When Simmons plays with a spread floor and has only one man to beat, he's borderline unstoppable. Danny Green, Anthony Davis, Rajon Rondo and others all had turns on Saturday. The Lakers in general looked helpless.
"He doesn't even need screens, or even the suggestion of a screen," Chasing Perfection author Andy Glockner tweeted. "He's just wasting defenders off the bounce with zero resistance."
Even if they had rotated to the rim more quickly, or sagged off the shooters to try to occupy Simmons' driving lanes, Philly's point guard has the vision and passing ability to set up his guys.
Now, imagine how much more congested the floor is inside the three-point line if Embiid is in this game. Plenty of those drives don't even happen.
And again, Simmons is doing this without even having a supporting cast truly tailored to him. Philly's four other starters—Al Horford, Thybulle, Tobias Harris and Shake Milton—are a combined 34.5 percent from three this season. Add Raul Neto, Mike Scott and Furkan Korkmaz (who all logged rotation minutes Saturday), and you pull that number up to right around the league average of 35.5 percent.
Put Simmons in lineups with elite, or even above-average shooters, and Philadelphia's attack suddenly becomes far more dynamic than what it's been so far this season, which is 20th overall.
Continue to have him initiate possessions that are stifled by post-ups, and you might be confined to an average offense. This season, Philly's 110.0 points per 100 possessions with Embiid on the floor ranks in the 51st percentile.
The big man averages a league-leading 10.3 post-ups per game. And though he's one of the rare exceptions to the rule that post-up possessions simply aren't great offense anymore, they're hard to justify in lineups that include Simmons.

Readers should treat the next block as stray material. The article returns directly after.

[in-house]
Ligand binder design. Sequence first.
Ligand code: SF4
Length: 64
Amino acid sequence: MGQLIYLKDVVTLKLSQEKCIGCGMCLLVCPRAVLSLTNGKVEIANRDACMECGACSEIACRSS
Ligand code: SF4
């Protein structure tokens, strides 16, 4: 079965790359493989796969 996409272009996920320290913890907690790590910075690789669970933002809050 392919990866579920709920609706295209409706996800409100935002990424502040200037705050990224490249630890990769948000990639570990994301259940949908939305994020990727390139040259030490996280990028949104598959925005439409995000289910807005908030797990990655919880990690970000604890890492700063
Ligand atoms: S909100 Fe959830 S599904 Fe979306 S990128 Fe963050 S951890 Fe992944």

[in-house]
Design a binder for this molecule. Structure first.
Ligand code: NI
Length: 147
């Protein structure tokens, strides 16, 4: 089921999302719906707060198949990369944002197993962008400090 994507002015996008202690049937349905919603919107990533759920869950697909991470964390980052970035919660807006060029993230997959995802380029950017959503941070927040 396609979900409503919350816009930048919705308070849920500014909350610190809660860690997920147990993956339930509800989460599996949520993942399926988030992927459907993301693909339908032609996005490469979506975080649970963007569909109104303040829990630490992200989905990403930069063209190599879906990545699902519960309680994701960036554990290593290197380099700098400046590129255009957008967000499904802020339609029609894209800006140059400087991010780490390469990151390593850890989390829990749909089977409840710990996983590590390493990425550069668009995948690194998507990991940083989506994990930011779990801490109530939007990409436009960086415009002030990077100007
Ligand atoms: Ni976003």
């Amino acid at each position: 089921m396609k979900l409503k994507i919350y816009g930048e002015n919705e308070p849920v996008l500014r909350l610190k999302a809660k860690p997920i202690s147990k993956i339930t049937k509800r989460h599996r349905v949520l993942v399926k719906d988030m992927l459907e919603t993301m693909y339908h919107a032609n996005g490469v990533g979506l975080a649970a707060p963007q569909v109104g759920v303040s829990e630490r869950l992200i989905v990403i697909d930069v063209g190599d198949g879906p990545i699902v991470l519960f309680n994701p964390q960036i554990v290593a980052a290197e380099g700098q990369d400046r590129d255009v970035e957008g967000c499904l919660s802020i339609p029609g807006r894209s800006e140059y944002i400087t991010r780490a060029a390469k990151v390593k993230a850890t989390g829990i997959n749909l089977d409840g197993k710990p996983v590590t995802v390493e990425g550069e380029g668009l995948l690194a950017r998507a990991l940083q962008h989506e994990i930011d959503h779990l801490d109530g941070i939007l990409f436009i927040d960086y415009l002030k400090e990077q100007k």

Now, again, it's probably too early to overreact. Better shooting around both top-tier talents could loosen things up a bit. But the concerns about long-term fit are legitimate. And Simmons has shown enough to take the lead in an imaginary competition for who might be the sturdier building block.
Since he missed his entire rookie campaign with a foot injury, Simmons has appeared in 97.2 percent of Philadelphia's regular-season games. He's more durable. And though he may never be an outside shooter, it's easier to design a modern offense around him. Defensively, he's not quite the ceiling-raiser Embiid is, but he's been among the league's best on the perimeter. When he and Thybulle are on the floor without Embiid, Philadelphia's points allowed per 100 possession ranks in the 87th percentile.
If the Sixers ever do decide to break up this top two, there's a strong argument for moving forward with the Swiss Army knife point man.
The issues they've had with Simmons in the playoffs, when teams pack the paint on his touches, should dissipate if they ever truly tailor the roster to him.
The time may not be now, but it also might not hurt to at least see what's on the trade market for Embiid.